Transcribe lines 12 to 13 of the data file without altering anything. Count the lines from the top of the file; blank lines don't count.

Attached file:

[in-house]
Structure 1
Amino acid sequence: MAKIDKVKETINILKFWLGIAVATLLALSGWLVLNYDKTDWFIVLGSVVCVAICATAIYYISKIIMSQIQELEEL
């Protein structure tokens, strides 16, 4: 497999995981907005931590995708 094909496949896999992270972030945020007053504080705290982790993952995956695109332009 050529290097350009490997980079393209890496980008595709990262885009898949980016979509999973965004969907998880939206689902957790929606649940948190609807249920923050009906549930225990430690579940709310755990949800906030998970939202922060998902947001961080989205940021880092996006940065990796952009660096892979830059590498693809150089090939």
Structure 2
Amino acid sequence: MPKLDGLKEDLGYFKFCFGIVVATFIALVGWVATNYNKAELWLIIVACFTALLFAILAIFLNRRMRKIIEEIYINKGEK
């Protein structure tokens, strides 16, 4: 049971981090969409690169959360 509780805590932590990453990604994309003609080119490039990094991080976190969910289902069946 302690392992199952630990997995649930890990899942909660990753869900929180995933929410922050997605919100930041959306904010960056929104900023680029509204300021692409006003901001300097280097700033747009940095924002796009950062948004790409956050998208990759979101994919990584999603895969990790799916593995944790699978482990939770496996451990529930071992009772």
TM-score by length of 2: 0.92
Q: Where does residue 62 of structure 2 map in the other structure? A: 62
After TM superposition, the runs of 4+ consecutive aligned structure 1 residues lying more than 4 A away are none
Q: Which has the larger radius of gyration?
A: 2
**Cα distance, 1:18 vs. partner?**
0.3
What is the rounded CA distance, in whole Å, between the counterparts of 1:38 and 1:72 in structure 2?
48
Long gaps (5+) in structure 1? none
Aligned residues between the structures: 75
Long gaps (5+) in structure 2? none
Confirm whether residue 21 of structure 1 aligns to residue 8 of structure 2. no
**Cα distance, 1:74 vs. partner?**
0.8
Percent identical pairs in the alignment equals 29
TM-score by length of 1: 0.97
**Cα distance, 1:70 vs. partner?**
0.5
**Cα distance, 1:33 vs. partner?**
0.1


A: 2
**Cα distance, 1:18 vs. partner?**